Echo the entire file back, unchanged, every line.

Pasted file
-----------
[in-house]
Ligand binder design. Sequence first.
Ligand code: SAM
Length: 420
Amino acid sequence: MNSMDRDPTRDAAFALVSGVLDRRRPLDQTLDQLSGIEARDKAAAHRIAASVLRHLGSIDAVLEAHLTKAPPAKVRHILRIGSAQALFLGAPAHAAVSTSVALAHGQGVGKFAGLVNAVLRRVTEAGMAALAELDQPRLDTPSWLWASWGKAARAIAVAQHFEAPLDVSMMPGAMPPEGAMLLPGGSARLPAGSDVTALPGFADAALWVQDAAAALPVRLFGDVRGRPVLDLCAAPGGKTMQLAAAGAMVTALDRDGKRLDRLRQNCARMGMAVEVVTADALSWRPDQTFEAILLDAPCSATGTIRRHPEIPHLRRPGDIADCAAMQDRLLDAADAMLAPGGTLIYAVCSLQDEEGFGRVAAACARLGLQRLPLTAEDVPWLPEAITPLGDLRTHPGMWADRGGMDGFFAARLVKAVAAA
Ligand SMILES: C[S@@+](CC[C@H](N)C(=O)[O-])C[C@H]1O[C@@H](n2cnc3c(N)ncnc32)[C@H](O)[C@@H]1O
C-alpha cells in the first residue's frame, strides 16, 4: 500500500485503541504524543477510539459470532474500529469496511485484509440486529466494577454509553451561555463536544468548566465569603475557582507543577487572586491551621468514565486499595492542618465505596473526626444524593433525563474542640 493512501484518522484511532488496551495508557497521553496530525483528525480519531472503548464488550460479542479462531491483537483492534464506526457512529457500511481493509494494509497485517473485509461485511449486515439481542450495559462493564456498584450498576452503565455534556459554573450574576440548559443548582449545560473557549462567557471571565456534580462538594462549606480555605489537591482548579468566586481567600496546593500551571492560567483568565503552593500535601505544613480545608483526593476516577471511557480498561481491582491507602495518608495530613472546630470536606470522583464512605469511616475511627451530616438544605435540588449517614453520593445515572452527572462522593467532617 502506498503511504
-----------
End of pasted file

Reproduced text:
[in-house]
Ligand binder design. Sequence first.
Ligand code: SAM
Length: 420
Amino acid sequence: MNSMDRDPTRDAAFALVSGVLDRRRPLDQTLDQLSGIEARDKAAAHRIAASVLRHLGSIDAVLEAHLTKAPPAKVRHILRIGSAQALFLGAPAHAAVSTSVALAHGQGVGKFAGLVNAVLRRVTEAGMAALAELDQPRLDTPSWLWASWGKAARAIAVAQHFEAPLDVSMMPGAMPPEGAMLLPGGSARLPAGSDVTALPGFADAALWVQDAAAALPVRLFGDVRGRPVLDLCAAPGGKTMQLAAAGAMVTALDRDGKRLDRLRQNCARMGMAVEVVTADALSWRPDQTFEAILLDAPCSATGTIRRHPEIPHLRRPGDIADCAAMQDRLLDAADAMLAPGGTLIYAVCSLQDEEGFGRVAAACARLGLQRLPLTAEDVPWLPEAITPLGDLRTHPGMWADRGGMDGFFAARLVKAVAAA
Ligand SMILES: C[S@@+](CC[C@H](N)C(=O)[O-])C[C@H]1O[C@@H](n2cnc3c(N)ncnc32)[C@H](O)[C@@H]1O
C-alpha cells in the first residue's frame, strides 16, 4: 500500500485503541504524543477510539459470532474500529469496511485484509440486529466494577454509553451561555463536544468548566465569603475557582507543577487572586491551621468514565486499595492542618465505596473526626444524593433525563474542640 493512501484518522484511532488496551495508557497521553496530525483528525480519531472503548464488550460479542479462531491483537483492534464506526457512529457500511481493509494494509497485517473485509461485511449486515439481542450495559462493564456498584450498576452503565455534556459554573450574576440548559443548582449545560473557549462567557471571565456534580462538594462549606480555605489537591482548579468566586481567600496546593500551571492560567483568565503552593500535601505544613480545608483526593476516577471511557480498561481491582491507602495518608495530613472546630470536606470522583464512605469511616475511627451530616438544605435540588449517614453520593445515572452527572462522593467532617 502506498503511504